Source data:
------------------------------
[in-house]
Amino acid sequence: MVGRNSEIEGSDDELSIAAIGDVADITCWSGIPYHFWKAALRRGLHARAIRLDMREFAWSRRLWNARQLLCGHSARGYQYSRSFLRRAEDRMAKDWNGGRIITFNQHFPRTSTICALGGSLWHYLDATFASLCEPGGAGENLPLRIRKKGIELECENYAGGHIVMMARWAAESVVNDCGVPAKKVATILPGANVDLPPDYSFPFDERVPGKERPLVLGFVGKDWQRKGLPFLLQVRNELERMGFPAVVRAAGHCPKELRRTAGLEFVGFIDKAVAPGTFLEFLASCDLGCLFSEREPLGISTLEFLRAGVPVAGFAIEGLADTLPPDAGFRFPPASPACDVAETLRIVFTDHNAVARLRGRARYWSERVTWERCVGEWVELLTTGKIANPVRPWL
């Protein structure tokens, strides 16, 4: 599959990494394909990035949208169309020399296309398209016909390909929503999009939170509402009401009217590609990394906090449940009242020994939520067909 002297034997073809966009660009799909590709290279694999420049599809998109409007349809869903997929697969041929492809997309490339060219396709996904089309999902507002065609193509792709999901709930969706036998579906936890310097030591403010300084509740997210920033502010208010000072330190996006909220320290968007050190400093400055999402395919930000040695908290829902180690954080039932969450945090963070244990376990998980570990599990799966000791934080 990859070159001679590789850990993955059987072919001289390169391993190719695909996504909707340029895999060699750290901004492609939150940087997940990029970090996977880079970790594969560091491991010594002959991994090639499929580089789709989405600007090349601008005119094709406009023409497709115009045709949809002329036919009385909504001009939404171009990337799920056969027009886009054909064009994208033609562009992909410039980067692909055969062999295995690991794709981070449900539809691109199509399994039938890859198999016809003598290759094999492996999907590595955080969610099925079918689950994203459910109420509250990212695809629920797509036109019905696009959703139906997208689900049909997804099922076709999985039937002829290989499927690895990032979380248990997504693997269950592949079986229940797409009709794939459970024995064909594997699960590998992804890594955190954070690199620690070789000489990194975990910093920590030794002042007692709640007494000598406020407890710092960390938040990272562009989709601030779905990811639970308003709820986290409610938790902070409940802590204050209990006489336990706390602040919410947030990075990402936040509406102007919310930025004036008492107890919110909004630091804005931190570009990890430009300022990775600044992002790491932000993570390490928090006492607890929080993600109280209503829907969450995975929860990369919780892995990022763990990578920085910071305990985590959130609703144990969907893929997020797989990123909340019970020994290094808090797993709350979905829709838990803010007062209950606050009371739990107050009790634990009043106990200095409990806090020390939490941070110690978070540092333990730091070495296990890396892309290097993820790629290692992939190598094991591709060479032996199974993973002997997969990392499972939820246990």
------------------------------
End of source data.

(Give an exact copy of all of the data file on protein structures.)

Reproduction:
[in-house]
Amino acid sequence: MVGRNSEIEGSDDELSIAAIGDVADITCWSGIPYHFWKAALRRGLHARAIRLDMREFAWSRRLWNARQLLCGHSARGYQYSRSFLRRAEDRMAKDWNGGRIITFNQHFPRTSTICALGGSLWHYLDATFASLCEPGGAGENLPLRIRKKGIELECENYAGGHIVMMARWAAESVVNDCGVPAKKVATILPGANVDLPPDYSFPFDERVPGKERPLVLGFVGKDWQRKGLPFLLQVRNELERMGFPAVVRAAGHCPKELRRTAGLEFVGFIDKAVAPGTFLEFLASCDLGCLFSEREPLGISTLEFLRAGVPVAGFAIEGLADTLPPDAGFRFPPASPACDVAETLRIVFTDHNAVARLRGRARYWSERVTWERCVGEWVELLTTGKIANPVRPWL
């Protein structure tokens, strides 16, 4: 599959990494394909990035949208169309020399296309398209016909390909929503999009939170509402009401009217590609990394906090449940009242020994939520067909 002297034997073809966009660009799909590709290279694999420049599809998109409007349809869903997929697969041929492809997309490339060219396709996904089309999902507002065609193509792709999901709930969706036998579906936890310097030591403010300084509740997210920033502010208010000072330190996006909220320290968007050190400093400055999402395919930000040695908290829902180690954080039932969450945090963070244990376990998980570990599990799966000791934080 990859070159001679590789850990993955059987072919001289390169391993190719695909996504909707340029895999060699750290901004492609939150940087997940990029970090996977880079970790594969560091491991010594002959991994090639499929580089789709989405600007090349601008005119094709406009023409497709115009045709949809002329036919009385909504001009939404171009990337799920056969027009886009054909064009994208033609562009992909410039980067692909055969062999295995690991794709981070449900539809691109199509399994039938890859198999016809003598290759094999492996999907590595955080969610099925079918689950994203459910109420509250990212695809629920797509036109019905696009959703139906997208689900049909997804099922076709999985039937002829290989499927690895990032979380248990997504693997269950592949079986229940797409009709794939459970024995064909594997699960590998992804890594955190954070690199620690070789000489990194975990910093920590030794002042007692709640007494000598406020407890710092960390938040990272562009989709601030779905990811639970308003709820986290409610938790902070409940802590204050209990006489336990706390602040919410947030990075990402936040509406102007919310930025004036008492107890919110909004630091804005931190570009990890430009300022990775600044992002790491932000993570390490928090006492607890929080993600109280209503829907969450995975929860990369919780892995990022763990990578920085910071305990985590959130609703144990969907893929997020797989990123909340019970020994290094808090797993709350979905829709838990803010007062209950606050009371739990107050009790634990009043106990200095409990806090020390939490941070110690978070540092333990730091070495296990890396892309290097993820790629290692992939190598094991591709060479032996199974993973002997997969990392499972939820246990």